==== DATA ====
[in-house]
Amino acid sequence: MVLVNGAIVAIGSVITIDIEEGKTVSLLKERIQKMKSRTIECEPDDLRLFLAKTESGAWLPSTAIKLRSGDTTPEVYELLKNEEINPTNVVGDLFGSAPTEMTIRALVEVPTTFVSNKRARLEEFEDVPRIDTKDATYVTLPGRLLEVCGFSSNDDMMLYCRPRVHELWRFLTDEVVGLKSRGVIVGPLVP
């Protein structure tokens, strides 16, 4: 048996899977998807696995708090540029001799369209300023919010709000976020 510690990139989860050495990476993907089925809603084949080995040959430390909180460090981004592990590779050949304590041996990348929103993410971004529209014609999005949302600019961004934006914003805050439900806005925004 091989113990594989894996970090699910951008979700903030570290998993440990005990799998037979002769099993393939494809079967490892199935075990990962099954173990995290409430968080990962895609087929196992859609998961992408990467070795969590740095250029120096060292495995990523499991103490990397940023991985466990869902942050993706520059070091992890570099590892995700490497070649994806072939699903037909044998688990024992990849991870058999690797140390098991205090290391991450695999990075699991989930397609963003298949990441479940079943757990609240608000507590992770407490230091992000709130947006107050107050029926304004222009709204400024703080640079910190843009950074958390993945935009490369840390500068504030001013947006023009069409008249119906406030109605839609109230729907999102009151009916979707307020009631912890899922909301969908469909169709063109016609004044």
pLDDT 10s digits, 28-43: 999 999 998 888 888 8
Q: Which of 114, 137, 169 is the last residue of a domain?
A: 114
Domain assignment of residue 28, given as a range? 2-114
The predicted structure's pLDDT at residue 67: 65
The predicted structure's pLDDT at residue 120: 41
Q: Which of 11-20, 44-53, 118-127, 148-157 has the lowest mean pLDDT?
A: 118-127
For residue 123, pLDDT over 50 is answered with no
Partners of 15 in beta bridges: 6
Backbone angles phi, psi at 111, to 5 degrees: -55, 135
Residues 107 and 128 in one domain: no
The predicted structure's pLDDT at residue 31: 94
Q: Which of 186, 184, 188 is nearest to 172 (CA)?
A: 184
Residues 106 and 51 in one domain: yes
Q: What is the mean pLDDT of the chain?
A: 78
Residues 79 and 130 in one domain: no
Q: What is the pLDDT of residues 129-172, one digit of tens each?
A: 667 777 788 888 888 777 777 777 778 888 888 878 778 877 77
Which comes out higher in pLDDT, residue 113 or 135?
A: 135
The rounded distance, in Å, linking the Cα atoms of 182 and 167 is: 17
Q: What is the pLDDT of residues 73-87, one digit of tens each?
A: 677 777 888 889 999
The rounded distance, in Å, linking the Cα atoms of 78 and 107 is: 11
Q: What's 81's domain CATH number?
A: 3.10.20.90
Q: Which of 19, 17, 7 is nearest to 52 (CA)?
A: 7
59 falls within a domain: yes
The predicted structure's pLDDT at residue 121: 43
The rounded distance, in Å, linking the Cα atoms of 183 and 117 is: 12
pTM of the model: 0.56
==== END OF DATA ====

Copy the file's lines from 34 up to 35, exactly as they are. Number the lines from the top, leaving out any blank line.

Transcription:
A: 7
59 falls within a domain: yes